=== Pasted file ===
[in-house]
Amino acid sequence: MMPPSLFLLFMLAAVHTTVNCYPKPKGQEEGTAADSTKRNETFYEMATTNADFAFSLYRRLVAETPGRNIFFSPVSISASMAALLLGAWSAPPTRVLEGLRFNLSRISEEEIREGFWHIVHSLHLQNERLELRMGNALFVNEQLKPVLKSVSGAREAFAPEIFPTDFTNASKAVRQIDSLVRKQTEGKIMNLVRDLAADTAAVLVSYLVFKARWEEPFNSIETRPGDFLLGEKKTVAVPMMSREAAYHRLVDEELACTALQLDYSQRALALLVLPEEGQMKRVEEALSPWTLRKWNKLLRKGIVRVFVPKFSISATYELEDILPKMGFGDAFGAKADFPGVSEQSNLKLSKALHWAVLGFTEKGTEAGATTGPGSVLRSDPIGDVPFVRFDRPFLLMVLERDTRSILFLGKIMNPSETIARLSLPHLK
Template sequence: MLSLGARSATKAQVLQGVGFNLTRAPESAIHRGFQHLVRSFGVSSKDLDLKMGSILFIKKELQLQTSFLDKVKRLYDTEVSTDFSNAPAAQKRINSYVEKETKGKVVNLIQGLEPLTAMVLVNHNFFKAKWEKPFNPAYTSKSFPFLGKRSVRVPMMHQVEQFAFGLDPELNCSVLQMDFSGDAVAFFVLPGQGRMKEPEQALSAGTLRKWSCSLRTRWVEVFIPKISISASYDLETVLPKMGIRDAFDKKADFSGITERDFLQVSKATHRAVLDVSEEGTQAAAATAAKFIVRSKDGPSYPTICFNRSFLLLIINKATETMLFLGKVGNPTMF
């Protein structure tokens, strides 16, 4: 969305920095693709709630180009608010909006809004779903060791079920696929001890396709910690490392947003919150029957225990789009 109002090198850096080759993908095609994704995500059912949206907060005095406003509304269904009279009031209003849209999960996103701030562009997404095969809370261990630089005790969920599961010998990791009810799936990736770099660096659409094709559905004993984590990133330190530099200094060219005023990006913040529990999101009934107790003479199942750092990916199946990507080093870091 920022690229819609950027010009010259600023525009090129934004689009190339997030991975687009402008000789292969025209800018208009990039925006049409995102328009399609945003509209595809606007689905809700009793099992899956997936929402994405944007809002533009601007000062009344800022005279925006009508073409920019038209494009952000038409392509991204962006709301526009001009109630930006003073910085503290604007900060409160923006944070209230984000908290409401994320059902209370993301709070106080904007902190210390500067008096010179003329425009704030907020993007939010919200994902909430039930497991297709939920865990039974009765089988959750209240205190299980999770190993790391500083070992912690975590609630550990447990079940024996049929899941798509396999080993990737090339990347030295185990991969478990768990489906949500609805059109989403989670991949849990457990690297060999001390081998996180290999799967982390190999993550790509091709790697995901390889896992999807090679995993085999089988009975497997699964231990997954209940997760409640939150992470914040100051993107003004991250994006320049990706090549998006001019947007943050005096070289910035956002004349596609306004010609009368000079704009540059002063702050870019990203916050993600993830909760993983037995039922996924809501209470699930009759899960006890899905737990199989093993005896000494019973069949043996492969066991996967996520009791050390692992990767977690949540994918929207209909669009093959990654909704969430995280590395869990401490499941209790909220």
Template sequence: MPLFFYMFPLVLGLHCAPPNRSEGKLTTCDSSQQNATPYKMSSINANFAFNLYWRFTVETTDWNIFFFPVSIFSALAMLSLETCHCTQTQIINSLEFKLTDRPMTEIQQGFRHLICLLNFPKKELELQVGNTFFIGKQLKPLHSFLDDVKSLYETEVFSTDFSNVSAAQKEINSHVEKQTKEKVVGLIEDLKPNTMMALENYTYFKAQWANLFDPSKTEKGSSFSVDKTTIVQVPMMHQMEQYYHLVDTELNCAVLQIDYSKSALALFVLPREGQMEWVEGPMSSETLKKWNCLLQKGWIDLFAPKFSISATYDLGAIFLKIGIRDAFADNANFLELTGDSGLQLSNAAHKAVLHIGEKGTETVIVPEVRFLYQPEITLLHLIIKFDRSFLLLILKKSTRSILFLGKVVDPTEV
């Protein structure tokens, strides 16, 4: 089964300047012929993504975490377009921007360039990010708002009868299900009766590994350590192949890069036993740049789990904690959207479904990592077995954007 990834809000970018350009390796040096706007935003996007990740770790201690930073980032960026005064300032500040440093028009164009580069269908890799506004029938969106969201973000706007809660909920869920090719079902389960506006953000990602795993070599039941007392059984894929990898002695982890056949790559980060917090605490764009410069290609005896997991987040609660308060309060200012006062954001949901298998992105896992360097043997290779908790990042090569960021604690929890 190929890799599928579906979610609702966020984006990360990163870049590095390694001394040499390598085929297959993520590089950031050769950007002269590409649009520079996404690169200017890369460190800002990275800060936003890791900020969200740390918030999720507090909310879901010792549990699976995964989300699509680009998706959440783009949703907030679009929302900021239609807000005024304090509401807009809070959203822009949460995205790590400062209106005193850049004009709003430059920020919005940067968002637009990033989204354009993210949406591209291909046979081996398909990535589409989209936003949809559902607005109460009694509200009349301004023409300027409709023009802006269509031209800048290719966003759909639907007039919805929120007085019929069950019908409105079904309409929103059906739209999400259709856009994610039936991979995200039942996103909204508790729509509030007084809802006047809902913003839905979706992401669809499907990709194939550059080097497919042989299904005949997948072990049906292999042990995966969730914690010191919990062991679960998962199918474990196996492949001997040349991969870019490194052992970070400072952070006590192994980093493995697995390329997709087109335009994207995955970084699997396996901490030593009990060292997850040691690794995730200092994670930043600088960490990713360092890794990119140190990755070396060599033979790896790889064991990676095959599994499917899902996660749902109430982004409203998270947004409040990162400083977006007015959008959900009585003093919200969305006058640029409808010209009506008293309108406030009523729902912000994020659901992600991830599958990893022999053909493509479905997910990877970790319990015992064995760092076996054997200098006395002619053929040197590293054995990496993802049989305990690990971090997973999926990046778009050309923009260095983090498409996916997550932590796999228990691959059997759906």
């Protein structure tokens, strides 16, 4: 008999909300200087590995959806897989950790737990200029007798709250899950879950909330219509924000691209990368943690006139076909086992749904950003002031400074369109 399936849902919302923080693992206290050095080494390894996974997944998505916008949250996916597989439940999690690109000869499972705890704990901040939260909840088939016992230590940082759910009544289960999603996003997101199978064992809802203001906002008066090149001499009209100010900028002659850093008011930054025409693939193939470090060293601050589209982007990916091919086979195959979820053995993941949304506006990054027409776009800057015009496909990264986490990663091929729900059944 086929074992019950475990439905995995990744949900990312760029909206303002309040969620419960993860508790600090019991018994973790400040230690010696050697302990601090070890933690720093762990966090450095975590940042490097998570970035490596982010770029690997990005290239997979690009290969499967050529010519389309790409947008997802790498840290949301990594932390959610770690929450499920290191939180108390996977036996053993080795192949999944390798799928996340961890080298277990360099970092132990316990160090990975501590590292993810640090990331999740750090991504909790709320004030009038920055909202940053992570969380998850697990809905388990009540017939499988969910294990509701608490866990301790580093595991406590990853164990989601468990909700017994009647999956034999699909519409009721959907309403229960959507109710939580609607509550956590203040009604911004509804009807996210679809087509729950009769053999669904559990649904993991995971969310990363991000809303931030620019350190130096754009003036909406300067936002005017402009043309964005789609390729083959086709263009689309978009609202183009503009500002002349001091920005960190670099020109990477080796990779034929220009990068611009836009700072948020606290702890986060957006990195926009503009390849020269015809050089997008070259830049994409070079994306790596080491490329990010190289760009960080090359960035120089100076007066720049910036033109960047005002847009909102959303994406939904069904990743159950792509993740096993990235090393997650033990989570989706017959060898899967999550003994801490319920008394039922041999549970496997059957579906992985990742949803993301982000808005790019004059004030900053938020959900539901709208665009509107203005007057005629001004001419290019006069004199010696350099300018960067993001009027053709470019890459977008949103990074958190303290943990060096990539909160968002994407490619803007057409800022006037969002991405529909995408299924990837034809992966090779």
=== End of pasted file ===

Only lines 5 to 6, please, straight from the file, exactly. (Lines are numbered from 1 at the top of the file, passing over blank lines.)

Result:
Template sequence: MPLFFYMFPLVLGLHCAPPNRSEGKLTTCDSSQQNATPYKMSSINANFAFNLYWRFTVETTDWNIFFFPVSIFSALAMLSLETCHCTQTQIINSLEFKLTDRPMTEIQQGFRHLICLLNFPKKELELQVGNTFFIGKQLKPLHSFLDDVKSLYETEVFSTDFSNVSAAQKEINSHVEKQTKEKVVGLIEDLKPNTMMALENYTYFKAQWANLFDPSKTEKGSSFSVDKTTIVQVPMMHQMEQYYHLVDTELNCAVLQIDYSKSALALFVLPREGQMEWVEGPMSSETLKKWNCLLQKGWIDLFAPKFSISATYDLGAIFLKIGIRDAFADNANFLELTGDSGLQLSNAAHKAVLHIGEKGTETVIVPEVRFLYQPEITLLHLIIKFDRSFLLLILKKSTRSILFLGKVVDPTEV
């Protein structure tokens, strides 16, 4: 089964300047012929993504975490377009921007360039990010708002009868299900009766590994350590192949890069036993740049789990904690959207479904990592077995954007 990834809000970018350009390796040096706007935003996007990740770790201690930073980032960026005064300032500040440093028009164009580069269908890799506004029938969106969201973000706007809660909920869920090719079902389960506006953000990602795993070599039941007392059984894929990898002695982890056949790559980060917090605490764009410069290609005896997991987040609660308060309060200012006062954001949901298998992105896992360097043997290779908790990042090569960021604690929890 190929890799599928579906979610609702966020984006990360990163870049590095390694001394040499390598085929297959993520590089950031050769950007002269590409649009520079996404690169200017890369460190800002990275800060936003890791900020969200740390918030999720507090909310879901010792549990699976995964989300699509680009998706959440783009949703907030679009929302900021239609807000005024304090509401807009809070959203822009949460995205790590400062209106005193850049004009709003430059920020919005940067968002637009990033989204354009993210949406591209291909046979081996398909990535589409989209936003949809559902607005109460009694509200009349301004023409300027409709023009802006269509031209800048290719966003759909639907007039919805929120007085019929069950019908409105079904309409929103059906739209999400259709856009994610039936991979995200039942996103909204508790729509509030007084809802006047809902913003839905979706992401669809499907990709194939550059080097497919042989299904005949997948072990049906292999042990995966969730914690010191919990062991679960998962199918474990196996492949001997040349991969870019490194052992970070400072952070006590192994980093493995697995390329997709087109335009994207995955970084699997396996901490030593009990060292997850040691690794995730200092994670930043600088960490990713360092890794990119140190990755070396060599033979790896790889064991990676095959599994499917899902996660749902109430982004409203998270947004409040990162400083977006007015959008959900009585003093919200969305006058640029409808010209009506008293309108406030009523729902912000994020659901992600991830599958990893022999053909493509479905997910990877970790319990015992064995760092076996054997200098006395002619053929040197590293054995990496993802049989305990690990971090997973999926990046778009050309923009260095983090498409996916997550932590796999228990691959059997759906």